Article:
One in seven aged 65 reliant on loans and credit cards

23rd June 2023

More than 2 million people over 65 are known to be living in poverty, with at least a further 1 million also experiencing financial hardship according to research by Independent Age.

In a survey of more than 1,000 people over 651, national charity Independent Age has found that one in seven (14%) people over 65 are using loans to survive, as the cost of bills, food and fuel remain at their highest levels for a decade.

The charity, which supports older people facing financial hardship, is concerned that money pressures could lead to isolation, with 1 in 6 (16%) survey respondents saying they feel isolated due to their financial situation.

The research also uncovered a communication barrier with 57% of over 65s surveyed claiming they wouldn’t feel comfortable asking friends or family for financial support. 9% are hiding debt from their family.

Whilst over 1 in 8 (13%) have spent money they don’t have rather than admitting to friends and family that they are struggling financially. The survey also revealed concerns about the future. With many pensioners on a fixed income, more than half (57%) agree to being concerned about their financial stability in the year ahead.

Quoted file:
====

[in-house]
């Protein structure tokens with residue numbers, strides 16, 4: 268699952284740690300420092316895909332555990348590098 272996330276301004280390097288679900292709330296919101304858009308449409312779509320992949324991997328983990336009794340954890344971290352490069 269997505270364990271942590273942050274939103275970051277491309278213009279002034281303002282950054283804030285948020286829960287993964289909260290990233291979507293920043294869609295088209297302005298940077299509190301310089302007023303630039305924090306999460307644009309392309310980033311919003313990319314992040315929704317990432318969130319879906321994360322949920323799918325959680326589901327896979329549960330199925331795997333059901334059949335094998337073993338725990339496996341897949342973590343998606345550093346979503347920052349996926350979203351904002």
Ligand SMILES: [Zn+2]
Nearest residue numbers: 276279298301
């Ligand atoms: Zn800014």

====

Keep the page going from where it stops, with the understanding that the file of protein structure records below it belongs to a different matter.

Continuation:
The charity surveyed 2,000 people under the age of 65 to understand attitudes on finances in later life1. With the State Pension providing up to £203.85 a week, the research found more than half (51%) of people of all ages in the UK believe this payment is inadequate to cover basic needs.

The research also found long-term concerns over the financial sustainability of getting older. Over 2 in 5 (44%) of people aged 18 to 64 in the UK said financial security is their biggest concern about getting older, compared to over a quarter (27%) who said loneliness is their biggest concern about getting older, and over half (55%) of survey respondents who said failing health is their biggest concern about getting older.

The findings come as Independent Age, a charity that has been supporting older people since the 1800s, has announced its renewed focus to become the only national charity dedicated to supporting people in financial hardship in later life.

John Palmer, Director of Communications at Independent Age, said “These findings clearly show why our renewed focus on financial hardship in later life is desperately needed. Every day, we receive harrowing calls from frightened older people who are worried about their finances, but it is clear that many more are struggling alone and relying on credit cards and loans as costs continue to escalate.”

“Poverty in later life was already a problem before the cost-of-living crisis, and it will continue to be a huge concern even when costs do reduce.